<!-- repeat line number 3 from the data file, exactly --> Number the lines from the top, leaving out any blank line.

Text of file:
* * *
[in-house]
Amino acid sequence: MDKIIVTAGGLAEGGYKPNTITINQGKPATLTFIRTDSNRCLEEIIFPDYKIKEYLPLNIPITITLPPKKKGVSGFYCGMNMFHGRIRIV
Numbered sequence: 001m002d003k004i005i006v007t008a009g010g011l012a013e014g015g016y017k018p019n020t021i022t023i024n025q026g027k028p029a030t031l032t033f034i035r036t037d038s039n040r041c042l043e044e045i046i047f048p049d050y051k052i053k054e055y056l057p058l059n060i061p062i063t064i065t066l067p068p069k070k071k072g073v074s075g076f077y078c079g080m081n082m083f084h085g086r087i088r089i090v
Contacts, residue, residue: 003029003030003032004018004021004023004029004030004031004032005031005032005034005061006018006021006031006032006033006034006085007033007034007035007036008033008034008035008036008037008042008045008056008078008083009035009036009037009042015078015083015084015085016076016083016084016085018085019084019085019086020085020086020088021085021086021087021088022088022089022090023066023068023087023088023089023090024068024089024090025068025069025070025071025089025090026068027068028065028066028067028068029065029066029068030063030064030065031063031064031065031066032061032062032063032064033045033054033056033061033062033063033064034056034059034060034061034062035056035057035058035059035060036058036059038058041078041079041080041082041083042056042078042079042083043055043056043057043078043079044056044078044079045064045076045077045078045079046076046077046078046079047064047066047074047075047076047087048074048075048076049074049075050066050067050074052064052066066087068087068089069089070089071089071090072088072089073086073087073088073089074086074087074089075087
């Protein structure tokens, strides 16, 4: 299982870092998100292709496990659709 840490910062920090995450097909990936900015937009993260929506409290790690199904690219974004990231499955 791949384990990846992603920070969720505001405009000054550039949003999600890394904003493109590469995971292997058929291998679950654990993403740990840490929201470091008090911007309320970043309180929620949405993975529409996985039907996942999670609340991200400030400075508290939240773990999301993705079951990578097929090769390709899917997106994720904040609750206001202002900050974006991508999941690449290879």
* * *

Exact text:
Numbered sequence: 001m002d003k004i005i006v007t008a009g010g011l012a013e014g015g016y017k018p019n020t021i022t023i024n025q026g027k028p029a030t031l032t033f034i035r036t037d038s039n040r041c042l043e044e045i046i047f048p049d050y051k052i053k054e055y056l057p058l059n060i061p062i063t064i065t066l067p068p069k070k071k072g073v074s075g076f077y078c079g080m081n082m083f084h085g086r087i088r089i090v